10. The omitted footnote mistakenly defines the disputed nominee loans as loans that were "taken out by other borrowers and used for the benefit of Mr. Garrett." As a general proposition, it should be noted that most borrowers apply for and obtain loans from banks for the purpose of paying an obligation owed to another person or entity. Thus, the borrower's act of transferring the proceeds of a loan for the use and benefit of a third party is a normal and proper consequence of borrowing. Such transfer does not result in a "nominee" loan. Receipt of the "use and benefit" of the proceeds of a loan, therefore, is not determinative of "nominee" status. Rather, the central feature of a nominee loan lies in the underlying intention of the named borrower vis-Ã -vis the obligation to repay the loan. A nominee or straw party loan is marked by the fact that the named borrower has no intention to repay the lending bank. Indeed, the FDIC Board of Directors has announced that the essential litmus test of determining whether a nominee loan has been made is the determination that the purported nominee or named borrower denied any legal responsibility to repay the debt. Conversely, the status of "nominee" loan will not occur where there is a determination that the named borrower acknowledged liability for the loan by providing the funds used to repay the loan. See, In the Matter of Ramon M. Candelaria, FDIC Enf. Dec. &5242 (1997). The FDIC Report misleads the reader to the conclusion that Garrett's receipt of the benefit of the disputed loans was improper and that such receipt tainted the loan as a "nominee" loan. It was neither. The only impropriety formally alleged by the FDIC regarding the disputed loans was Garrett's failure to voluntarily inform the Bank's board of directors that he had received the proceeds of such loans. Garrett has never denied that he received the proceeds of the loans which had been made by other officers of the Bank in the ordinary course of business so that the borrowers could repay sums they owed to Garrett. The FDIC charged that Garrett had a legally enforceable duty to inform the Bank's board of directors that he received the use and benefit of the proceeds of the six loans in question; Garrett disputed such charge. [In 1989 and 1990 when the disputed loans were made, Regulation O did not require that Garrett make any type of disclosure to the board. Two years after the loans in question were made, Regulation O was amended in 1992 to require that any officer who receives the proceeds of a loan made by the Bank (regardless of the circumstances) must inform the board of directors of such fact. See, section 215.5(d)(1) of Regulation O, 12 C.F.R. ' 215.5(d)(1).]
11. The entire dispute between the FDIC and Garrett was centered on six loans made over a period of 18 months in 1989 and 1990 to three different borrowers that totaled $137,000. [Such basic, undisputed statistical facts are inexplicably omitted from the FDIC Report.] The largest loan was $30,000. All of the loans were made by the Bank in the ordinary course of business to creditworthy borrowers, and all of the loans were repaid in full by such borrowers with funds that they owned. Prior to the issuance of formal charges against Garrett, each of the borrowers executed two sworn affidavits wherein they stated, inter alia, that they applied for a loan from the Bank in order to pay a debt they owed to Garrett; that they never asked for or suggested that Garrett intercede on their behalf in obtaining approval of their request for credit; that they did not ask for or receive from the Bank any special or favorable terms of credit; that they were legally obligated personally to repay the loans; and that they used their own funds to repay their loans from the Bank. See, RX 11A at 4-6, RX 35, RX 36 and RX 37. Notwithstanding intense FDIC cross-examination of each of the three alleged nominee borrowers, the FDIC was unable to elicit any testimony which undercut any of those precepts. The FDIC, therefore, totally failed to provide the requisite proof of the allegation that the disputed loans were nominee or straw party loans. The reason was elegantly simple: the undisputed evidence showed they were regular loans made in the ordinary course of business to creditworthy borrowers that were repaid in full by the named borrowers.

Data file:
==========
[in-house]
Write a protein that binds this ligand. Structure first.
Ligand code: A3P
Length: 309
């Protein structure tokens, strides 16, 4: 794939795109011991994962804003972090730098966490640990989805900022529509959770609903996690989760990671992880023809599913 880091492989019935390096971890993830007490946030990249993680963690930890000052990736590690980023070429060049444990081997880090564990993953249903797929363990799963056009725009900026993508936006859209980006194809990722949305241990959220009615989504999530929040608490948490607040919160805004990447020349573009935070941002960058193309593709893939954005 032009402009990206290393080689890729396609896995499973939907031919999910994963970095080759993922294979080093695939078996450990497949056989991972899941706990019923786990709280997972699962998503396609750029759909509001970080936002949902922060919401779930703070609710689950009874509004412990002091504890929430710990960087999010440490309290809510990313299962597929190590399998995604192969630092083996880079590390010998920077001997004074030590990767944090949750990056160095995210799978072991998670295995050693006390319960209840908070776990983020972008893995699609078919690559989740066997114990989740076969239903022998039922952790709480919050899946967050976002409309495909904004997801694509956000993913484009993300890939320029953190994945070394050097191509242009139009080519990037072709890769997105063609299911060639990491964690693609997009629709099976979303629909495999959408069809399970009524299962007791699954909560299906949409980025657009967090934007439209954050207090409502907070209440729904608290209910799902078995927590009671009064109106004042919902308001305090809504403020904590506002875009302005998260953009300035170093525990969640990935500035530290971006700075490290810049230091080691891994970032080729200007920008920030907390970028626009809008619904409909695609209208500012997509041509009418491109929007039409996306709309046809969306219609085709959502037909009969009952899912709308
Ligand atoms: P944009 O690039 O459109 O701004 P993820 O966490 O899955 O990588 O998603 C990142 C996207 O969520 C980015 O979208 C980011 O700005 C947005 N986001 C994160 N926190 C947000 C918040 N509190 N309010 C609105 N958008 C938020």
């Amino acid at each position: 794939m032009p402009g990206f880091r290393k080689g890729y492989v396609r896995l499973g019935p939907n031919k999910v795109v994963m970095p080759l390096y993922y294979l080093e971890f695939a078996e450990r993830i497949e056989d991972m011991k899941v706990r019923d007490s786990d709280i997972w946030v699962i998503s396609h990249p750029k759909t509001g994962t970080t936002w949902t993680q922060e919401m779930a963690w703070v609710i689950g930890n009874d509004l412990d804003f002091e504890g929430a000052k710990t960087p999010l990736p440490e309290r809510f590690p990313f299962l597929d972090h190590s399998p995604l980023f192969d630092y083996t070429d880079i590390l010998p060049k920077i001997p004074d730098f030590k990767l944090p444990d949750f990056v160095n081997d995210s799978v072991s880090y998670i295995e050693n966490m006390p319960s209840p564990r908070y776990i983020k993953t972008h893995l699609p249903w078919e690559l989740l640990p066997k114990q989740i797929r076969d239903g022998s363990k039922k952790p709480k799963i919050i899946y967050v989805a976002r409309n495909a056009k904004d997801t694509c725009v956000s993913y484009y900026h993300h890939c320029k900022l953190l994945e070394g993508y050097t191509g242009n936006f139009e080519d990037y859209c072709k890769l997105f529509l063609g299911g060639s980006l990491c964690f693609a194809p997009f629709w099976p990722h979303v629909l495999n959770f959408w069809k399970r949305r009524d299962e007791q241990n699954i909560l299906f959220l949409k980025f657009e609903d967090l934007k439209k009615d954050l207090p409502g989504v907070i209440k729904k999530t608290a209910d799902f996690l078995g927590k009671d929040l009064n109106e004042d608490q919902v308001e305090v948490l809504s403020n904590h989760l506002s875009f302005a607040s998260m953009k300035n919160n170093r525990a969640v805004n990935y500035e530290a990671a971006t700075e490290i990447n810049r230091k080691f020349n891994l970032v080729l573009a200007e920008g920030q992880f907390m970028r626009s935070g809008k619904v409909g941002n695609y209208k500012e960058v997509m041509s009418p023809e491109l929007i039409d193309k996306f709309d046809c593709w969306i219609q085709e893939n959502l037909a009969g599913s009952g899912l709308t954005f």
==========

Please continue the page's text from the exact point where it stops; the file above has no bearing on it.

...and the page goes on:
13. RX 26. The April 22, 1993 letter forwarded a draft "Stipulation and Consent to the Issuance of an Order of Removal from Office and Prohibition from Further Participation" and a draft "Order of Removal from Office and Prohibition from Further Participation" attached thereto. The FDIC letter states that a meeting will be scheduled in the near future with Garrett to discuss the execution of the documents, and that Garrett will be contacted by an FDIC representative regarding the scheduling of such meeting. There is no indication that the FDIC is merely "considering" regulatory action, and there is no indication of the factual basis of the action contemplated by the FDIC. A proposed "Notice of Charges" was not included with the draft stipulation and proposed removal order.
15. Mr. Mock died in December of 1993. We were not retained as counsel to Garrett until early April of 1994. Immediately thereafter, a meeting with senior FDIC representatives was scheduled to review the status of the removal order against Garrett that had been proposed by the FDIC in its letter of April 22, 1993 and the ensuing discussions between Mr. Mock and the FDIC relating to such proposal. That meeting occurred on April 19, 1994 in the FDIC Kansas City Regional Office. RX 38 at 18.